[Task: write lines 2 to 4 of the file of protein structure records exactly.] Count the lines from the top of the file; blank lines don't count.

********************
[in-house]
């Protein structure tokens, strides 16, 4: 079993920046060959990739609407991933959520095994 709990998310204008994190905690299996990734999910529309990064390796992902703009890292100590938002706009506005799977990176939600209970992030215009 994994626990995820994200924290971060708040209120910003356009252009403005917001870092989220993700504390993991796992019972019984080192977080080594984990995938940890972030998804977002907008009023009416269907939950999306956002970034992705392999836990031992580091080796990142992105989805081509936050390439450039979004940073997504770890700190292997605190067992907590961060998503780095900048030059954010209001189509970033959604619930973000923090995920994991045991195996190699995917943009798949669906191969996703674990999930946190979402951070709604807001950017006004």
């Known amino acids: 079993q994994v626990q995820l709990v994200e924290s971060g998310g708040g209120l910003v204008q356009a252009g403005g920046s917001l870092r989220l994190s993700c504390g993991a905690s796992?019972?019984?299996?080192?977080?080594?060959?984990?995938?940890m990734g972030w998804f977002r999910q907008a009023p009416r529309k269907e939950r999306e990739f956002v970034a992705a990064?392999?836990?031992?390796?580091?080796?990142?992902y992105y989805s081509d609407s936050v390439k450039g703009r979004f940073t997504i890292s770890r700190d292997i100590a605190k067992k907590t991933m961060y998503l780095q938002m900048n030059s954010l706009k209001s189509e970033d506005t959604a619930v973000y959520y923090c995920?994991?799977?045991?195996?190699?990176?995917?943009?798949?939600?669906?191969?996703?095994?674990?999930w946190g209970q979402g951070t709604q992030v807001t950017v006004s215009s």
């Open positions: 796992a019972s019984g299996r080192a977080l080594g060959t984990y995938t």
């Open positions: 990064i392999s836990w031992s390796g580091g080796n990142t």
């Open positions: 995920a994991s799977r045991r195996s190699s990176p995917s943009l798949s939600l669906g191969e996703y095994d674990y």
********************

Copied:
């Protein structure tokens, strides 16, 4: 079993920046060959990739609407991933959520095994 709990998310204008994190905690299996990734999910529309990064390796992902703009890292100590938002706009506005799977990176939600209970992030215009 994994626990995820994200924290971060708040209120910003356009252009403005917001870092989220993700504390993991796992019972019984080192977080080594984990995938940890972030998804977002907008009023009416269907939950999306956002970034992705392999836990031992580091080796990142992105989805081509936050390439450039979004940073997504770890700190292997605190067992907590961060998503780095900048030059954010209001189509970033959604619930973000923090995920994991045991195996190699995917943009798949669906191969996703674990999930946190979402951070709604807001950017006004």
């Known amino acids: 079993q994994v626990q995820l709990v994200e924290s971060g998310g708040g209120l910003v204008q356009a252009g403005g920046s917001l870092r989220l994190s993700c504390g993991a905690s796992?019972?019984?299996?080192?977080?080594?060959?984990?995938?940890m990734g972030w998804f977002r999910q907008a009023p009416r529309k269907e939950r999306e990739f956002v970034a992705a990064?392999?836990?031992?390796?580091?080796?990142?992902y992105y989805s081509d609407s936050v390439k450039g703009r979004f940073t997504i890292s770890r700190d292997i100590a605190k067992k907590t991933m961060y998503l780095q938002m900048n030059s954010l706009k209001s189509e970033d506005t959604a619930v973000y959520y923090c995920?994991?799977?045991?195996?190699?990176?995917?943009?798949?939600?669906?191969?996703?095994?674990?999930w946190g209970q979402g951070t709604q992030v807001t950017v006004s215009s």
């Open positions: 796992a019972s019984g299996r080192a977080l080594g060959t984990y995938t």